The TBM, which measures 11.91m and is the equivalent of almost three double decker buses, is the largest diameter TBM in the UK.
The 1,800 tonne machine began being lowered into the launch chamber in pieces last month where it will be assembled before commissioning and starting to bore the 1.4km tunnel later this summer.
As well as the cutter head, parts of the TBM shield have also recently been lowered down into the launch chamber, as well as the 250-tonne main drive of the TBM.
Elsewhere on the site the conveyor which will carry tunnelling spoil from the chamber to barges to then be transported along the river is approaching completion, and the first of the concrete tunnel rings to be installed as the TBM progresses across the river have also began arriving.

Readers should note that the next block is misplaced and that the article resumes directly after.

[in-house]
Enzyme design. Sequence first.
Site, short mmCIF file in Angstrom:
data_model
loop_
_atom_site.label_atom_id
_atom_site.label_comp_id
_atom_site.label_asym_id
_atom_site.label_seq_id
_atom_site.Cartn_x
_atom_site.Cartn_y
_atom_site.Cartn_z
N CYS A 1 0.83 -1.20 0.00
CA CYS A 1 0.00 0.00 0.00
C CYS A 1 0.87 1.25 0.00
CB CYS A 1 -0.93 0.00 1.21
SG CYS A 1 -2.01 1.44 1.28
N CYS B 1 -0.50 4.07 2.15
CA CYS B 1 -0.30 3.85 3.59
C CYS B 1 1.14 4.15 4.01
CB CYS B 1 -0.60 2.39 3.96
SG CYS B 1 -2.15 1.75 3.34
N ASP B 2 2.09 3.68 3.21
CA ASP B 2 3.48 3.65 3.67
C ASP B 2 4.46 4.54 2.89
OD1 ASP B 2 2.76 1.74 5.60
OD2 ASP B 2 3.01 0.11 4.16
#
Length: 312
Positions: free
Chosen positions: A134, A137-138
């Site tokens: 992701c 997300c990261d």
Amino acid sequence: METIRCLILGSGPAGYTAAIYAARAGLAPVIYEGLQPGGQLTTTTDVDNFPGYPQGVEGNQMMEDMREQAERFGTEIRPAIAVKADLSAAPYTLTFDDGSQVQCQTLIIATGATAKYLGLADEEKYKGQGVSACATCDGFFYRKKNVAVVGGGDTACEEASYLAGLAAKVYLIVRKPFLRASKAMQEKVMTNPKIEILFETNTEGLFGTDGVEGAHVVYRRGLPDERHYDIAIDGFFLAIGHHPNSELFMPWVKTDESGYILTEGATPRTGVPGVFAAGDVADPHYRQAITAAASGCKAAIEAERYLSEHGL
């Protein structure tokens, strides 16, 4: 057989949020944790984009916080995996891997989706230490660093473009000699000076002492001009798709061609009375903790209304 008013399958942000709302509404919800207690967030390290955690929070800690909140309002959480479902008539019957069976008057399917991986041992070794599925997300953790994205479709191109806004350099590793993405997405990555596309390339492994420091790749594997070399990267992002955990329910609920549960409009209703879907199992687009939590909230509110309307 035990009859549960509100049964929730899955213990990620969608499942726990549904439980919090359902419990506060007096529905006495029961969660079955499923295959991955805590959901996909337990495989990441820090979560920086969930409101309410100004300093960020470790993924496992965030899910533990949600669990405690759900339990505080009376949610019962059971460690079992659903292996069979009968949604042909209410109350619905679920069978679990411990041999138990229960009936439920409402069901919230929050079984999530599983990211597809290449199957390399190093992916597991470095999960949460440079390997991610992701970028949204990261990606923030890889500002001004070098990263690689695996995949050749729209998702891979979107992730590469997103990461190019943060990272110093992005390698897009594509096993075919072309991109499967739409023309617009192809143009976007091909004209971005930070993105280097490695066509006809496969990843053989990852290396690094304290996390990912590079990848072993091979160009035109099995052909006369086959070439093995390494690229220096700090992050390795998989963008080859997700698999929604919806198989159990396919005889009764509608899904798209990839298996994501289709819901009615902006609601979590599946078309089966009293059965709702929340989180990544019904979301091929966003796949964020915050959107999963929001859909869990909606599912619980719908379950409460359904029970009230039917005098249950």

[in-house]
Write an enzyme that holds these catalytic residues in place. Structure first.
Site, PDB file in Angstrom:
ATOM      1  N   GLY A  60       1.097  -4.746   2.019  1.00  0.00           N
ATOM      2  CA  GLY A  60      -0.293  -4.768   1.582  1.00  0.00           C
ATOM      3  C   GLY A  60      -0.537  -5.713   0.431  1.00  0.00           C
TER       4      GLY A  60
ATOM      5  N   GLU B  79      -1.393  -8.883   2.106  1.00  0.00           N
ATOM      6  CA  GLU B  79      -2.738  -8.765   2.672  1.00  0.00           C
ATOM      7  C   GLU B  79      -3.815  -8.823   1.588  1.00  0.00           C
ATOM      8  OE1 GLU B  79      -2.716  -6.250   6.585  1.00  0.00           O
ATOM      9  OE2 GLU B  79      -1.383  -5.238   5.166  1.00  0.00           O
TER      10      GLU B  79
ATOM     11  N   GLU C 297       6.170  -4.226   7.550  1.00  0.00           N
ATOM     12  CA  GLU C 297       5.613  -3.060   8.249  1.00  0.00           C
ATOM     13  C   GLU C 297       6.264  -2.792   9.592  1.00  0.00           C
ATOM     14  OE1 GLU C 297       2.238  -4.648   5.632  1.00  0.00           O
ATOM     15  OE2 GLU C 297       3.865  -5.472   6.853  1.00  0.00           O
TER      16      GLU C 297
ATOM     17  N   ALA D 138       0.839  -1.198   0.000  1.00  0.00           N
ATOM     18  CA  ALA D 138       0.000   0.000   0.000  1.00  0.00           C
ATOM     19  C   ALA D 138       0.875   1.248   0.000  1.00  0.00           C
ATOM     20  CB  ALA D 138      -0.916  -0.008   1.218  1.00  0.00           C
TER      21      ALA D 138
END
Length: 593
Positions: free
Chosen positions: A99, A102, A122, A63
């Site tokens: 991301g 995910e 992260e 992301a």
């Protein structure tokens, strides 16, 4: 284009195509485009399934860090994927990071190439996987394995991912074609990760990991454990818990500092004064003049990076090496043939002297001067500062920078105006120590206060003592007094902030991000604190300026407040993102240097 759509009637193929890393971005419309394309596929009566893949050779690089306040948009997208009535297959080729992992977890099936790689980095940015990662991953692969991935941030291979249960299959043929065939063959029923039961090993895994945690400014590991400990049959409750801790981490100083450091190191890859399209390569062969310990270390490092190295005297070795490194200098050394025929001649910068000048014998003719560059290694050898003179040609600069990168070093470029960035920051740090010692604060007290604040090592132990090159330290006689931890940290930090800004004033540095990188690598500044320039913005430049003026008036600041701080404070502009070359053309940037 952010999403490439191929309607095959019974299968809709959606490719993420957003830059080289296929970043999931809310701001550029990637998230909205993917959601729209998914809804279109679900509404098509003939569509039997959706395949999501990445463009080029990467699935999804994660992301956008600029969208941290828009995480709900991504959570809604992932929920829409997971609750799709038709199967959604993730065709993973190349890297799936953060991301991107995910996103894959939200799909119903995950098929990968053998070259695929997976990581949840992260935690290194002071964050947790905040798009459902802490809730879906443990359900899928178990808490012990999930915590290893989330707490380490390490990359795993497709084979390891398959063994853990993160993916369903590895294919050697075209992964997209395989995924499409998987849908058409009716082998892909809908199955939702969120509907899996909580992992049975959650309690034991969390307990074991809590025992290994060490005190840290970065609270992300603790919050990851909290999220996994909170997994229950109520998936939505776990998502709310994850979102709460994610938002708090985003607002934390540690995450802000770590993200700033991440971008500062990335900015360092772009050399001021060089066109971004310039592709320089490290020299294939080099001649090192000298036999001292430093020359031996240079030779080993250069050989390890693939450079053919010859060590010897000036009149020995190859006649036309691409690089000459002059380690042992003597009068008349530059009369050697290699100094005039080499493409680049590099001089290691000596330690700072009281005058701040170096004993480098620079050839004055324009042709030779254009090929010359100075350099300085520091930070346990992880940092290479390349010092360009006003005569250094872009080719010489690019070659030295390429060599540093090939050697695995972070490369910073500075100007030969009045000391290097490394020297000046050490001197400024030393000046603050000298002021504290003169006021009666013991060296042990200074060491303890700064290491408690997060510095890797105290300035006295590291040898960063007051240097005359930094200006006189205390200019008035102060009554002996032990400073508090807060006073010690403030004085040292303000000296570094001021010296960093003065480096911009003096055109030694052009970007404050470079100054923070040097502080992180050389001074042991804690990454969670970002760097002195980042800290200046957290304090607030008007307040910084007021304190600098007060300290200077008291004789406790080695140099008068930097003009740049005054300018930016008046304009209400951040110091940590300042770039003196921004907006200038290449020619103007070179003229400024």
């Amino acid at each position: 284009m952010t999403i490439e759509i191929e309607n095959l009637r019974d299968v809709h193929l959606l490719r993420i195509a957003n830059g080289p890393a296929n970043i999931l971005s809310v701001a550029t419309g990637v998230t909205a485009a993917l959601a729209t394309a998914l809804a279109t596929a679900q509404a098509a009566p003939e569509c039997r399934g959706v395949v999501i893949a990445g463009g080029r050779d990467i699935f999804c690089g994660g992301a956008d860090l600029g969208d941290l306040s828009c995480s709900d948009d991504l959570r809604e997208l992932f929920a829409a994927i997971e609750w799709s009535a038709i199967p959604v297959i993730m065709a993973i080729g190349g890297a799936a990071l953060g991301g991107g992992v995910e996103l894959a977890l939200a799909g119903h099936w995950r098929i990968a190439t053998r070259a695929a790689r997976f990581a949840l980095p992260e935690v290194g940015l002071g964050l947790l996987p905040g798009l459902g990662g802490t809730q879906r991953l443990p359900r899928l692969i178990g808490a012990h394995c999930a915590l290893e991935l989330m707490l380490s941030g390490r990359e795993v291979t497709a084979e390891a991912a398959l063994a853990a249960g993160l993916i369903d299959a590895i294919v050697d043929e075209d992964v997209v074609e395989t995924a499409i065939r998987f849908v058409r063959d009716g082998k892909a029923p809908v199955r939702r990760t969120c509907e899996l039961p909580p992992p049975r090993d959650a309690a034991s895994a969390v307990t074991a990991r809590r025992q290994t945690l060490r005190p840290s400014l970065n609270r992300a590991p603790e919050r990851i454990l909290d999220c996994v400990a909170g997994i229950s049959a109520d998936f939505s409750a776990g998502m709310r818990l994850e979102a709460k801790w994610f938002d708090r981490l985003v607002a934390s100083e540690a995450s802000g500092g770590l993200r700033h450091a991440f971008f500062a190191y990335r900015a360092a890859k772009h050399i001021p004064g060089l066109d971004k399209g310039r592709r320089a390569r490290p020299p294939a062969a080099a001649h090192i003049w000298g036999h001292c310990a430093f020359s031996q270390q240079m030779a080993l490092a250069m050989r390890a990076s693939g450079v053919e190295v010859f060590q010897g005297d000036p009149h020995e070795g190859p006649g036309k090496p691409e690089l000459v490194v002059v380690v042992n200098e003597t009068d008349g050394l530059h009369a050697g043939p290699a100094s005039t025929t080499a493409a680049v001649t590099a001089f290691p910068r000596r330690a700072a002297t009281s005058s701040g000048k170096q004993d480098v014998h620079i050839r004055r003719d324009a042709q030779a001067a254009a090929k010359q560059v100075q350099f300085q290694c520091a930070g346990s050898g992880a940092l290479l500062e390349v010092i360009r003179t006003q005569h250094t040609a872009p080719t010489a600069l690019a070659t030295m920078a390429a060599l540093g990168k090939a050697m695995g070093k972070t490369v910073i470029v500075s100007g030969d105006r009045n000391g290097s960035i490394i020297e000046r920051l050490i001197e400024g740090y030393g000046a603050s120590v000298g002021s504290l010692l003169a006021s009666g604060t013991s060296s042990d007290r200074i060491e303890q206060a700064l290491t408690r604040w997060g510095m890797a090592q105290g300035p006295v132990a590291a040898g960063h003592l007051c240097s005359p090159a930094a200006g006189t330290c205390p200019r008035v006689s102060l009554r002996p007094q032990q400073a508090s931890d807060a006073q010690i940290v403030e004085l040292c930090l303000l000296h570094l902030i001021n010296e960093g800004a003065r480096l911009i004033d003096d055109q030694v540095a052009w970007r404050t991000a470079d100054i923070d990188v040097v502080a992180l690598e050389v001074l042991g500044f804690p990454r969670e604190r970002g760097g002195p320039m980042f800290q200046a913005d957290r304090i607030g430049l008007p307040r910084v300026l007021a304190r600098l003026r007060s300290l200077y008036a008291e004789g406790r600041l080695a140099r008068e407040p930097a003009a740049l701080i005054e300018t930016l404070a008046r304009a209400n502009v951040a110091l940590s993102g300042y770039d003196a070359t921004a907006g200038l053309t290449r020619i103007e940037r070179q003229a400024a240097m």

A joint venture between BAM Nuttall, Ferrovial Construction and SK Ecoplant, known as Riverlinx Construction, is delivering the 1.4km twin-lane road tunnel under the River Thames, linking North Greenwich and Silvertown.
As well as relieving pressure on the frequently congested Blackwall Tunnel, once open in 2025 the new twin-bore tunnel will also increase the number of buses able to cross the river at this point.
The tunnel will have a dedicated bus lane in each direction and will operate at least twenty zero-emission buses per hour from opening, radically improving cross-river connectivity, and allowing more people to have access to new jobs and opportunities.
Last month, Riverlinx announced that “Jill” has been chosen as the name for their TBM in recognition of Jill Viner the first female bus driver to drive a London bus in June 1974.